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Grave breaches

Background to war crimes 1 While the origins of the laws of war stretch back centuries, 2 the nineteenth and twentieth centuries were the first to see multilateral conventions on the law of armed conflict, 3 and the twentieth century was the first to see significant prosecutions for breaches of this law. 4 Following the prosecution of a small number of Germans after the First World War by the Supreme Court of the Reich in Leipzig, 5 the aftermath of the Second World War saw the prosecution by the Allies of

in War crimes and crimes against humanity in the Rome Statute of the International Criminal Court

This book provides a critical analysis of the definitions of war crimes and crimes against humanity as construed in the Rome Statute of the International Criminal Court. Each crime is discussed from its origins in treaty or customary international law, through developments as a result of the jurisprudence of modern ad hoc or internationalised tribunals, to modifications introduced by the Rome Statute and the Elements of Crimes. The influence of human rights law upon the definition of crimes is discussed, as is the possible impact of State reservations on the underlying treaties that form the basis for the conduct covered by the offences in the Rome Statute. Examples are also given from recent conflicts to aid a ‘real-life’ discussion of the type of conduct over which the International Criminal Court may take jurisdiction.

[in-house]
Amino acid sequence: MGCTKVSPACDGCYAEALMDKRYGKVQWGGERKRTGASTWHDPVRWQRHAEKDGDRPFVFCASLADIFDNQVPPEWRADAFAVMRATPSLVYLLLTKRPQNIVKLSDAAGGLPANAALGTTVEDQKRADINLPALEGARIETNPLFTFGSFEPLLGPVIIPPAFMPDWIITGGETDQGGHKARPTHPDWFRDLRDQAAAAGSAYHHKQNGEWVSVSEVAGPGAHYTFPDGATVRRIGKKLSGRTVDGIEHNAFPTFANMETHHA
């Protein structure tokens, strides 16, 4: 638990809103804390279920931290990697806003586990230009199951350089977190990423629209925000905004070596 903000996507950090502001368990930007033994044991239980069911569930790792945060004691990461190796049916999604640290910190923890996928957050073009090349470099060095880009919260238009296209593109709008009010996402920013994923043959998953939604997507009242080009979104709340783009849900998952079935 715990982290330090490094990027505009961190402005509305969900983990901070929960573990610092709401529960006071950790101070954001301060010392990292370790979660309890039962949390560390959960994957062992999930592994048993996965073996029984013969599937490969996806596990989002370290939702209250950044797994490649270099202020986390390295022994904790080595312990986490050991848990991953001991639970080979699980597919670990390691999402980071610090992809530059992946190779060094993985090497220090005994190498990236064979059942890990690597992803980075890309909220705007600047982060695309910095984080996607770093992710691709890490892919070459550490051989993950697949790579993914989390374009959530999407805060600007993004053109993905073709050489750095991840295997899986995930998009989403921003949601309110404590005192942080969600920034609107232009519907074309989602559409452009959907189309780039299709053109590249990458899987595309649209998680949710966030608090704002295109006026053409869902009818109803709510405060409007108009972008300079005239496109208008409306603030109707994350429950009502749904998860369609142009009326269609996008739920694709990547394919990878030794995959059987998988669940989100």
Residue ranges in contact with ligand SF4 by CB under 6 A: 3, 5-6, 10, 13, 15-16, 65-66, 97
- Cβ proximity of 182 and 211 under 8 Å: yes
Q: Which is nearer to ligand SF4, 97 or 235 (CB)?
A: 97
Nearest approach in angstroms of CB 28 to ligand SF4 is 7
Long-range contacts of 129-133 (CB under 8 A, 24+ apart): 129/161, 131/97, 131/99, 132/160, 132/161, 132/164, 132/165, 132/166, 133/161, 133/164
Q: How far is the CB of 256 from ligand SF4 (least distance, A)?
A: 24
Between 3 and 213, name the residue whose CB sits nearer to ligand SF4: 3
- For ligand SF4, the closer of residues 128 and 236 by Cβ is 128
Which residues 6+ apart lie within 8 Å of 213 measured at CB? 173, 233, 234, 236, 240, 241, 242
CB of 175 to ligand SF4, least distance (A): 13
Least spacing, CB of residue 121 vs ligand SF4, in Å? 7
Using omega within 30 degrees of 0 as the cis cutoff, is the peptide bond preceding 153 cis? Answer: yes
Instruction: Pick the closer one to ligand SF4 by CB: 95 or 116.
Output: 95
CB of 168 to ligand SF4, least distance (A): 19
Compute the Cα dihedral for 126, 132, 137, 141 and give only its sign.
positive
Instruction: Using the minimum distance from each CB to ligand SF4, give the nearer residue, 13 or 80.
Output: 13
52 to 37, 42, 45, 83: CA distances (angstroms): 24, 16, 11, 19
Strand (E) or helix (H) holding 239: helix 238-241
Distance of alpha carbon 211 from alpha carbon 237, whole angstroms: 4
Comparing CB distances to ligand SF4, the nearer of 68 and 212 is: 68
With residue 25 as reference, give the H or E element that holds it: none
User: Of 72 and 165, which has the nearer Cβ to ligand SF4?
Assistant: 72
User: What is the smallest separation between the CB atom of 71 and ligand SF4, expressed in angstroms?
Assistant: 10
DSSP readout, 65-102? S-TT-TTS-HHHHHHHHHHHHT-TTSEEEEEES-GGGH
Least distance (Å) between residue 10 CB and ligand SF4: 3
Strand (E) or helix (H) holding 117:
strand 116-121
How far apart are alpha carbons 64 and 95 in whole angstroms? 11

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Non-international armed conflicts

Background to non-international armed conflicts The extent of jurisdiction over war crimes committed in non-international armed conflicts in the Statute of the International Criminal Court (ICC) was a controversial issue at the Diplomatic Conference in Rome. 1 International humanitarian law relating to internal conflicts is less well developed than that relating to international armed conflicts, although in 1949 Common Article 3 of the Geneva Conventions established basic rules with respect to those persons not

in War crimes and crimes against humanity in the Rome Statute of the International Criminal Court
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Other offences in international armed conflicts

killing or wounding combatants who have surrendered or have no means of defence. The term ‘surrendered at discretion’ was explained by the British Manual of Military Law as meaning that the combatant must surrender unconditionally before obtaining the protection of this Article. 245 Violations of this prohibition were punished in war crimes trials after the Second World War. 246 In the Peleus Trial, where the commander of a German submarine ordered the killing of survivors of a sunken vessel, the Judge Advocate stated that it was a ‘fundamental usage of war that

in War crimes and crimes against humanity in the Rome Statute of the International Criminal Court

Historical background War crimes are violations of the and customs of the law of armed conflict and are punishable whether committed by combatants or civilians, including the nationals of neutral states. 2 Occasionally the term has been used to include acts like espionage 3 or war treason 4

in The contemporary law of armed conflict
Legality and legitimacy

War crimes trials before international tribunals 6 War crimes trials before international tribunals: legality and legitimacy Dominic McGoldrick I Introduction An assessment of the historical place of any trials requires both a micro and a macro analysis. The microanalysis focuses on the internal processes and procedures of the trials. The macroanalysis focuses on the broader political and historical context. Both levels of analysis can review issues of legality and legitimacy.1 This essay presents a comparative critique of war crimes trials before the